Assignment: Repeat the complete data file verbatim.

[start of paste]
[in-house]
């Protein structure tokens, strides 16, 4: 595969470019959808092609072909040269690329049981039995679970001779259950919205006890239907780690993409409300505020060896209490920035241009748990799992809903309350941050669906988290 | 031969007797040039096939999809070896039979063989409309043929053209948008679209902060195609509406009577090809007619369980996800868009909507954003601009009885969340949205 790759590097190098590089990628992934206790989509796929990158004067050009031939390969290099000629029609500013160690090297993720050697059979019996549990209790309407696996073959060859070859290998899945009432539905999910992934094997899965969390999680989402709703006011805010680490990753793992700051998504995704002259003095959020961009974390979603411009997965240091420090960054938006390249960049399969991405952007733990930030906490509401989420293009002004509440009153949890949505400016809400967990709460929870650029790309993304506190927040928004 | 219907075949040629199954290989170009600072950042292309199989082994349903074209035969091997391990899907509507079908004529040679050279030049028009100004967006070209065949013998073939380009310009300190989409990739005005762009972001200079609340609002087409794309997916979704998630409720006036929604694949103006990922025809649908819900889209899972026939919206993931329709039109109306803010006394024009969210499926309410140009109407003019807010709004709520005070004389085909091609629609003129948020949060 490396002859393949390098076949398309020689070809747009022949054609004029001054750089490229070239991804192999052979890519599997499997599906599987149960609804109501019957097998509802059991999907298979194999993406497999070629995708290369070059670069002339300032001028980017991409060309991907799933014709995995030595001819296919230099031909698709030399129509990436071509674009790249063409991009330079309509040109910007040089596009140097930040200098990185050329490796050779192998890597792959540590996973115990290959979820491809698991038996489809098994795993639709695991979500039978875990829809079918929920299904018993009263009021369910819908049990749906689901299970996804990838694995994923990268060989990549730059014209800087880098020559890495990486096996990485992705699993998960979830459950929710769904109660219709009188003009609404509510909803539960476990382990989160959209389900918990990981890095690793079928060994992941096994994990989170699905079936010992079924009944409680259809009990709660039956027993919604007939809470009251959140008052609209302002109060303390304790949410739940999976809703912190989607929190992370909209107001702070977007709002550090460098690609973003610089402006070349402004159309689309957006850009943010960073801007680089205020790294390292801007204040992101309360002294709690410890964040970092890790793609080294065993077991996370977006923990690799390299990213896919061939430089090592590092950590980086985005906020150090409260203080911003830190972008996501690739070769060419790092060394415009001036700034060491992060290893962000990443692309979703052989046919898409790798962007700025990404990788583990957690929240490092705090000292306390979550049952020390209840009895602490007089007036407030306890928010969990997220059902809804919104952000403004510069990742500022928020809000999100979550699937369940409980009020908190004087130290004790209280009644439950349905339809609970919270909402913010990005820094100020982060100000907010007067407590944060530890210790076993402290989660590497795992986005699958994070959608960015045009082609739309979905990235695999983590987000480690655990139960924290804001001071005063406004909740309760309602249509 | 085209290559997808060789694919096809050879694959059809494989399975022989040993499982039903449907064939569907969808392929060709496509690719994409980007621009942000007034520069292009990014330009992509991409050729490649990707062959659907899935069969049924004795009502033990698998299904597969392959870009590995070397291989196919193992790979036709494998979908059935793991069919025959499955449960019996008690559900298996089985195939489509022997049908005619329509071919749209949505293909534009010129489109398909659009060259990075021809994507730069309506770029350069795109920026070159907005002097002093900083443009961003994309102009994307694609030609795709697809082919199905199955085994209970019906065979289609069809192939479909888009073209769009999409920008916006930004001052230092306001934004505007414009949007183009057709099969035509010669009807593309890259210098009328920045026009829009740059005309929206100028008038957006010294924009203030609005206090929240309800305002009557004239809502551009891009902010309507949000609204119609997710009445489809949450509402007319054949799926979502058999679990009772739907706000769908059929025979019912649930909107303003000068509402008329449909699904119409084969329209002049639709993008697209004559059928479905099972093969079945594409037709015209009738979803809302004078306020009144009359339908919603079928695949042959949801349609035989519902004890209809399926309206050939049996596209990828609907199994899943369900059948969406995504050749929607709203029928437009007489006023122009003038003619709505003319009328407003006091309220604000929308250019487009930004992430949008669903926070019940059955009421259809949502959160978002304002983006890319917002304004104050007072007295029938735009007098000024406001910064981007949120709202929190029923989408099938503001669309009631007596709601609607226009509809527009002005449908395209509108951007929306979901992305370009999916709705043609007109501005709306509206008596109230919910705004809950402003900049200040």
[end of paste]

[in-house]
């Protein structure tokens, strides 16, 4: 595969470019959808092609072909040269690329049981039995679970001779259950919205006890239907780690993409409300505020060896209490920035241009748990799992809903309350941050669906988290 | 031969007797040039096939999809070896039979063989409309043929053209948008679209902060195609509406009577090809007619369980996800868009909507954003601009009885969340949205 790759590097190098590089990628992934206790989509796929990158004067050009031939390969290099000629029609500013160690090297993720050697059979019996549990209790309407696996073959060859070859290998899945009432539905999910992934094997899965969390999680989402709703006011805010680490990753793992700051998504995704002259003095959020961009974390979603411009997965240091420090960054938006390249960049399969991405952007733990930030906490509401989420293009002004509440009153949890949505400016809400967990709460929870650029790309993304506190927040928004 | 219907075949040629199954290989170009600072950042292309199989082994349903074209035969091997391990899907509507079908004529040679050279030049028009100004967006070209065949013998073939380009310009300190989409990739005005762009972001200079609340609002087409794309997916979704998630409720006036929604694949103006990922025809649908819900889209899972026939919206993931329709039109109306803010006394024009969210499926309410140009109407003019807010709004709520005070004389085909091609629609003129948020949060 490396002859393949390098076949398309020689070809747009022949054609004029001054750089490229070239991804192999052979890519599997499997599906599987149960609804109501019957097998509802059991999907298979194999993406497999070629995708290369070059670069002339300032001028980017991409060309991907799933014709995995030595001819296919230099031909698709030399129509990436071509674009790249063409991009330079309509040109910007040089596009140097930040200098990185050329490796050779192998890597792959540590996973115990290959979820491809698991038996489809098994795993639709695991979500039978875990829809079918929920299904018993009263009021369910819908049990749906689901299970996804990838694995994923990268060989990549730059014209800087880098020559890495990486096996990485992705699993998960979830459950929710769904109660219709009188003009609404509510909803539960476990382990989160959209389900918990990981890095690793079928060994992941096994994990989170699905079936010992079924009944409680259809009990709660039956027993919604007939809470009251959140008052609209302002109060303390304790949410739940999976809703912190989607929190992370909209107001702070977007709002550090460098690609973003610089402006070349402004159309689309957006850009943010960073801007680089205020790294390292801007204040992101309360002294709690410890964040970092890790793609080294065993077991996370977006923990690799390299990213896919061939430089090592590092950590980086985005906020150090409260203080911003830190972008996501690739070769060419790092060394415009001036700034060491992060290893962000990443692309979703052989046919898409790798962007700025990404990788583990957690929240490092705090000292306390979550049952020390209840009895602490007089007036407030306890928010969990997220059902809804919104952000403004510069990742500022928020809000999100979550699937369940409980009020908190004087130290004790209280009644439950349905339809609970919270909402913010990005820094100020982060100000907010007067407590944060530890210790076993402290989660590497795992986005699958994070959608960015045009082609739309979905990235695999983590987000480690655990139960924290804001001071005063406004909740309760309602249509 | 085209290559997808060789694919096809050879694959059809494989399975022989040993499982039903449907064939569907969808392929060709496509690719994409980007621009942000007034520069292009990014330009992509991409050729490649990707062959659907899935069969049924004795009502033990698998299904597969392959870009590995070397291989196919193992790979036709494998979908059935793991069919025959499955449960019996008690559900298996089985195939489509022997049908005619329509071919749209949505293909534009010129489109398909659009060259990075021809994507730069309506770029350069795109920026070159907005002097002093900083443009961003994309102009994307694609030609795709697809082919199905199955085994209970019906065979289609069809192939479909888009073209769009999409920008916006930004001052230092306001934004505007414009949007183009057709099969035509010669009807593309890259210098009328920045026009829009740059005309929206100028008038957006010294924009203030609005206090929240309800305002009557004239809502551009891009902010309507949000609204119609997710009445489809949450509402007319054949799926979502058999679990009772739907706000769908059929025979019912649930909107303003000068509402008329449909699904119409084969329209002049639709993008697209004559059928479905099972093969079945594409037709015209009738979803809302004078306020009144009359339908919603079928695949042959949801349609035989519902004890209809399926309206050939049996596209990828609907199994899943369900059948969406995504050749929607709203029928437009007489006023122009003038003619709505003319009328407003006091309220604000929308250019487009930004992430949008669903926070019940059955009421259809949502959160978002304002983006890319917002304004104050007072007295029938735009007098000024406001910064981007949120709202929190029923989408099938503001669309009631007596709601609607226009509809527009002005449908395209509108951007929306979901992305370009999916709705043609007109501005709306509206008596109230919910705004809950402003900049200040």